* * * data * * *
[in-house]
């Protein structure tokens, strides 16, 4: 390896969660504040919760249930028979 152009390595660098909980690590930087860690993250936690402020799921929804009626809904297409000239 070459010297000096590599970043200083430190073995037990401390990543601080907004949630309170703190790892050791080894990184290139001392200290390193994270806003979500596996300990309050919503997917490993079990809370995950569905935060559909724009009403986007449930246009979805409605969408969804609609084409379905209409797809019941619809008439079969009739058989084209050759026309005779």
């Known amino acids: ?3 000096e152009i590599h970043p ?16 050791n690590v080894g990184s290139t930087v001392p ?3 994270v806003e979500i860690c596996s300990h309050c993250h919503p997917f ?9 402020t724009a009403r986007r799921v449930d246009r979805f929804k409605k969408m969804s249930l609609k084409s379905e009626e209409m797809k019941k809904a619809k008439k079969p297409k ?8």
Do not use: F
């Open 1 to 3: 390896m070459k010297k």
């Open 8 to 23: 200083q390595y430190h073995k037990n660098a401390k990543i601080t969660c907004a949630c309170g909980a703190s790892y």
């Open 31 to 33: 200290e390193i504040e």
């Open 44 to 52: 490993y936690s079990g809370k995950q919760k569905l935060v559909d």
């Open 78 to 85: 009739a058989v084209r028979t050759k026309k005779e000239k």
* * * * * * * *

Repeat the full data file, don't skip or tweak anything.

[in-house]
């Protein structure tokens, strides 16, 4: 390896969660504040919760249930028979 152009390595660098909980690590930087860690993250936690402020799921929804009626809904297409000239 070459010297000096590599970043200083430190073995037990401390990543601080907004949630309170703190790892050791080894990184290139001392200290390193994270806003979500596996300990309050919503997917490993079990809370995950569905935060559909724009009403986007449930246009979805409605969408969804609609084409379905209409797809019941619809008439079969009739058989084209050759026309005779």
């Known amino acids: ?3 000096e152009i590599h970043p ?16 050791n690590v080894g990184s290139t930087v001392p ?3 994270v806003e979500i860690c596996s300990h309050c993250h919503p997917f ?9 402020t724009a009403r986007r799921v449930d246009r979805f929804k409605k969408m969804s249930l609609k084409s379905e009626e209409m797809k019941k809904a619809k008439k079969p297409k ?8």
Do not use: F
């Open 1 to 3: 390896m070459k010297k």
């Open 8 to 23: 200083q390595y430190h073995k037990n660098a401390k990543i601080t969660c907004a949630c309170g909980a703190s790892y």
């Open 31 to 33: 200290e390193i504040e």
């Open 44 to 52: 490993y936690s079990g809370k995950q919760k569905l935060v559909d």
């Open 78 to 85: 009739a058989v084209r028979t050759k026309k005779e000239k």